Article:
NOTE: Where it is feasible, a syllabus (headnote) will be released, as is being done in connection with this case, at the time the opinion is issued.The syllabus constitutes no part of the opinion of the Court but has been prepared by the Reporter of Decisions for the convenience of the reader.See United States v. Detroit Timber & Lumber Co., 200 U. S. 321 .

SUPREME COURT OF THE UNITED STATES

Syllabus

ZIGLAR v. ABBASI et al.

certiorari to the united states court of appeals for the second circuit

No. 15–1358. Argued January 18, 2017—Decided June 19, 2017[1]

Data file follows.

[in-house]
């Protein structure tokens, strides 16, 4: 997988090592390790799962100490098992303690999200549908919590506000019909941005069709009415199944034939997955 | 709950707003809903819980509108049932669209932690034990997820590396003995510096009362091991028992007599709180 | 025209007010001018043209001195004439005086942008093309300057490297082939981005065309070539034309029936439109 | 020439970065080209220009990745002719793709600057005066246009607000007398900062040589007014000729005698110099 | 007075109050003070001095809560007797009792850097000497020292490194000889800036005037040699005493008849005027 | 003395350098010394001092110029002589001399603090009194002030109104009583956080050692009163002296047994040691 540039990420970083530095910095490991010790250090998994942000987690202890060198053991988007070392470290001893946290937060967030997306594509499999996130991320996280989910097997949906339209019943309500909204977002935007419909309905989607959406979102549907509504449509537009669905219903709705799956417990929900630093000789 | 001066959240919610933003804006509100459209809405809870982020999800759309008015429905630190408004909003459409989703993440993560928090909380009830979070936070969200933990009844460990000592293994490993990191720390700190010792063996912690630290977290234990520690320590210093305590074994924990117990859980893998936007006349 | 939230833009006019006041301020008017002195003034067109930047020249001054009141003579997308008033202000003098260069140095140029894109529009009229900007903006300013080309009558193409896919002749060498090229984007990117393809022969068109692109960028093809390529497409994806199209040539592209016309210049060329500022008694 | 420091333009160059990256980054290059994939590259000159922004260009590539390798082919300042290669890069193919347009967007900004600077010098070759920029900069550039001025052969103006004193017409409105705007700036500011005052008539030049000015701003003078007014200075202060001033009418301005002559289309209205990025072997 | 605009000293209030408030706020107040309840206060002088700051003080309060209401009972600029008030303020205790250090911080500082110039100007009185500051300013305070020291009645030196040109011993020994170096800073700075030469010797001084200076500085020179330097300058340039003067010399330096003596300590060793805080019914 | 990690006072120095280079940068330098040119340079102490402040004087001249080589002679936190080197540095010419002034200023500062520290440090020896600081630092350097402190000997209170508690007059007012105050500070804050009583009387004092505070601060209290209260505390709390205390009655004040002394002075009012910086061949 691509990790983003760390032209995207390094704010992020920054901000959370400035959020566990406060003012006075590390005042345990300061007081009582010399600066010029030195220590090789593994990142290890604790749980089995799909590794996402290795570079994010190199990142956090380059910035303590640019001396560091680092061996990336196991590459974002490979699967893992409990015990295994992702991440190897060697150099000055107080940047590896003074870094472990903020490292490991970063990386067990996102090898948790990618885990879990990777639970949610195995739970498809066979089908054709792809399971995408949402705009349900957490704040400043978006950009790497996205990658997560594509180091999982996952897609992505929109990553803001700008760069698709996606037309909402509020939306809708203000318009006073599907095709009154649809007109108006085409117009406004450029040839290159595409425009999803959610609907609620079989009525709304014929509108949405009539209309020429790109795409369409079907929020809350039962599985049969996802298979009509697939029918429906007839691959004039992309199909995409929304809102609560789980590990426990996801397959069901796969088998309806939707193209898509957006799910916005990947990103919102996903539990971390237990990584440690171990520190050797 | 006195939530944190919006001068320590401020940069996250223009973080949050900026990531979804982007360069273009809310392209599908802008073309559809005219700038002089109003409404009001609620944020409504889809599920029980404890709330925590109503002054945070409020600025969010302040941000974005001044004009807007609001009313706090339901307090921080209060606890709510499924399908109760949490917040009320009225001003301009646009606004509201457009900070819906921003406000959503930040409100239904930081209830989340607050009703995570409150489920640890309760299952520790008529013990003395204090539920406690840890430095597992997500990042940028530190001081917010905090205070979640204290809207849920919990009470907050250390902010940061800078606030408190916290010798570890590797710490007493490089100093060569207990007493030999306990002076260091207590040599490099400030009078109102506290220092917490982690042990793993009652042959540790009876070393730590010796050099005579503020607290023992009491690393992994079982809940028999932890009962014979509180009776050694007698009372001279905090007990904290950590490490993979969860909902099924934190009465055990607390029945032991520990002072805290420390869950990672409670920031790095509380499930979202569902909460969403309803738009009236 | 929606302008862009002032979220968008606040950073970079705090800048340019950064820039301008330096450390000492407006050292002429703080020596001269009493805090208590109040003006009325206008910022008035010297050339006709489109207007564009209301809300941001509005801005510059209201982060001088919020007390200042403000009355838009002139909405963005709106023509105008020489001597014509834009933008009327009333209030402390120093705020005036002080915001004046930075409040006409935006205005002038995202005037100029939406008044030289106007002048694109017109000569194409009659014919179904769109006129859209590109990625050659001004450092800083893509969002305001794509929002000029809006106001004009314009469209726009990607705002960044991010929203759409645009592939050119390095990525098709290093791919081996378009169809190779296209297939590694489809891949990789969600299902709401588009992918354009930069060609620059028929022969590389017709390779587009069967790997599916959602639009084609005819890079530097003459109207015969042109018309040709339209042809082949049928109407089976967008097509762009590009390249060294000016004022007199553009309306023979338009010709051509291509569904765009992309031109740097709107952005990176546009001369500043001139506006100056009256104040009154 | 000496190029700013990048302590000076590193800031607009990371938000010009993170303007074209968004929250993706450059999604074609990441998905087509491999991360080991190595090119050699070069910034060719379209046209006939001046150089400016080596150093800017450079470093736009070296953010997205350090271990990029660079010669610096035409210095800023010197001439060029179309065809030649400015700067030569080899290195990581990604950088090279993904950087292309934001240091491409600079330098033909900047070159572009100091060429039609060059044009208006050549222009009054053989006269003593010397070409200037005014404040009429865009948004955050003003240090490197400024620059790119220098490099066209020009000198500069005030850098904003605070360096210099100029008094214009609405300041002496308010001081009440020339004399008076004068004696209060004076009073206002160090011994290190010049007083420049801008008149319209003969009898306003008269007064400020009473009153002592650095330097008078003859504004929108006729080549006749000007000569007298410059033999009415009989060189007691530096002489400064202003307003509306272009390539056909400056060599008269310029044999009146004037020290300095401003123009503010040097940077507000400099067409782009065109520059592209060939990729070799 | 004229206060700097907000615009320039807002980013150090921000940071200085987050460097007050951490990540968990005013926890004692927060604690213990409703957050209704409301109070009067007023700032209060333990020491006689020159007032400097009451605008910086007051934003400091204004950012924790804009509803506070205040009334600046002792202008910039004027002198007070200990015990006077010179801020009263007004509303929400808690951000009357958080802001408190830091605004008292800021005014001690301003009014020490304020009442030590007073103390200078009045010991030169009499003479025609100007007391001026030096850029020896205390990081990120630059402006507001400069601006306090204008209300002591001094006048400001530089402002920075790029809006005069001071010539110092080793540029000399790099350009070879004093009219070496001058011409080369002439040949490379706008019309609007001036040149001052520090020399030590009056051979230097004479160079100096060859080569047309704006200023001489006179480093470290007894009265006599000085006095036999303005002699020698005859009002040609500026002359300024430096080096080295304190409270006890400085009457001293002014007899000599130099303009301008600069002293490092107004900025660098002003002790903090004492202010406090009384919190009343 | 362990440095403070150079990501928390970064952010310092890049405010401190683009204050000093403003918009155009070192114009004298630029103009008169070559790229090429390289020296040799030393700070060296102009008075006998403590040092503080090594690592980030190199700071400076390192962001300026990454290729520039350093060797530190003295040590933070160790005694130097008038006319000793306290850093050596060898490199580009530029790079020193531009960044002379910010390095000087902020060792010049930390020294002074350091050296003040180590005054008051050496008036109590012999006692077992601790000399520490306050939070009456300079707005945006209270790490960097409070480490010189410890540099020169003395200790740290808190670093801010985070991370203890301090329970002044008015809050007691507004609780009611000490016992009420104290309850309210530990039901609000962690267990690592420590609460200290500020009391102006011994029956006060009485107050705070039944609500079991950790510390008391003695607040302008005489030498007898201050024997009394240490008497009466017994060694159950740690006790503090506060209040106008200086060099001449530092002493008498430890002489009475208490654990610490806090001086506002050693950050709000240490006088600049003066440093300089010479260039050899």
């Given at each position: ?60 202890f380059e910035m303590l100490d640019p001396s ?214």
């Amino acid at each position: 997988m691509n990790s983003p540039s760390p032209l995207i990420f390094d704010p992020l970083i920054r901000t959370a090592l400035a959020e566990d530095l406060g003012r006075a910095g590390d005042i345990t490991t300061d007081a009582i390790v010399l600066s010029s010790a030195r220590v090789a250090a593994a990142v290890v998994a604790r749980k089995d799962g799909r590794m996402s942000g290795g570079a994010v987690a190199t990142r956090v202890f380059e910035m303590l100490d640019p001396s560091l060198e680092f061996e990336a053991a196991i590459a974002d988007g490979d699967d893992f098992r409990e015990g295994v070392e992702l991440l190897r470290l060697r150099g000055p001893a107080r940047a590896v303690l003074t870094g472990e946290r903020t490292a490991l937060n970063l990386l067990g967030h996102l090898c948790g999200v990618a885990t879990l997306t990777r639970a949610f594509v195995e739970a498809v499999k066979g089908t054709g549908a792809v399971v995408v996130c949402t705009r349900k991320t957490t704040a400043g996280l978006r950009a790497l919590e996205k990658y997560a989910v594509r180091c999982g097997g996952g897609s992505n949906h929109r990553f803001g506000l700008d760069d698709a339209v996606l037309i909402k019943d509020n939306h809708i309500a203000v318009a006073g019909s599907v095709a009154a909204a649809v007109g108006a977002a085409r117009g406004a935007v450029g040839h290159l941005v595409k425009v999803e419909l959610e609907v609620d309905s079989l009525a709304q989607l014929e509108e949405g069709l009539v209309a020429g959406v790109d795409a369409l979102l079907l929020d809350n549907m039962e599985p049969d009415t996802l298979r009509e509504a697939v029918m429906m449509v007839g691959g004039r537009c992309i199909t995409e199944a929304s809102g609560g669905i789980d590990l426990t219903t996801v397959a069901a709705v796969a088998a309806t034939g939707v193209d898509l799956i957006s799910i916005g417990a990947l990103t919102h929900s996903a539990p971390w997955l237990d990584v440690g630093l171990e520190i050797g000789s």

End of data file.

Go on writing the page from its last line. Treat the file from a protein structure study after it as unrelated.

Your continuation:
In the immediate aftermath of the September 11 terrorist attacks, the Federal Government ordered hundreds of illegal aliens to be taken into custody and held pending a determination whether a particular detainee had connections to terrorism. Respondents, six men of Arab or South Asian descent, were detained for periods of three to six months in a federal facility in Brooklyn. After their release, they were removed from the United States. They then filed this putative class action against petitioners, two groups of federal officials. The first group consisted of former Attorney General John Ashcroft, former Federal Bureau of Investigation Director Robert Mueller, and former Immigration and Naturalization Service Commissioner James Ziglar (Executive Officials). The second group consisted of the facility’s warden and assistant warden Dennis Hasty and James Sherman (Wardens). Respondents sought damages for constitutional violations under the implied cause of action theory adopted in Bivens v. Six Unknown Fed. Narcotics Agents, 403 U. S. 388 , alleging that petitioners detained them in harsh pretrial conditions for a punitive purpose, in violation of the Fifth Amendment; that petitioners did so because of their actual or apparent race, religion, or national origin, in violation of the Fifth Amendment; that the Wardens subjected them to punitive strip searches, in violation of the Fourth and Fifth Amendments; and that the Wardens knowingly allowed the guards to abuse them, in violation of the Fifth Amendment. Respondents also brought a claim under 42 U. S. C. §1985(3), which forbids certain conspiracies to violate equal protection rights. The District Court dismissed the claims against the Executive Officials but allowed the claims against the Wardens to go forward. The Second Circuit affirmed in most respects as to the Wardens but reversed as to the Executive Officials, reinstating respondents’ claims.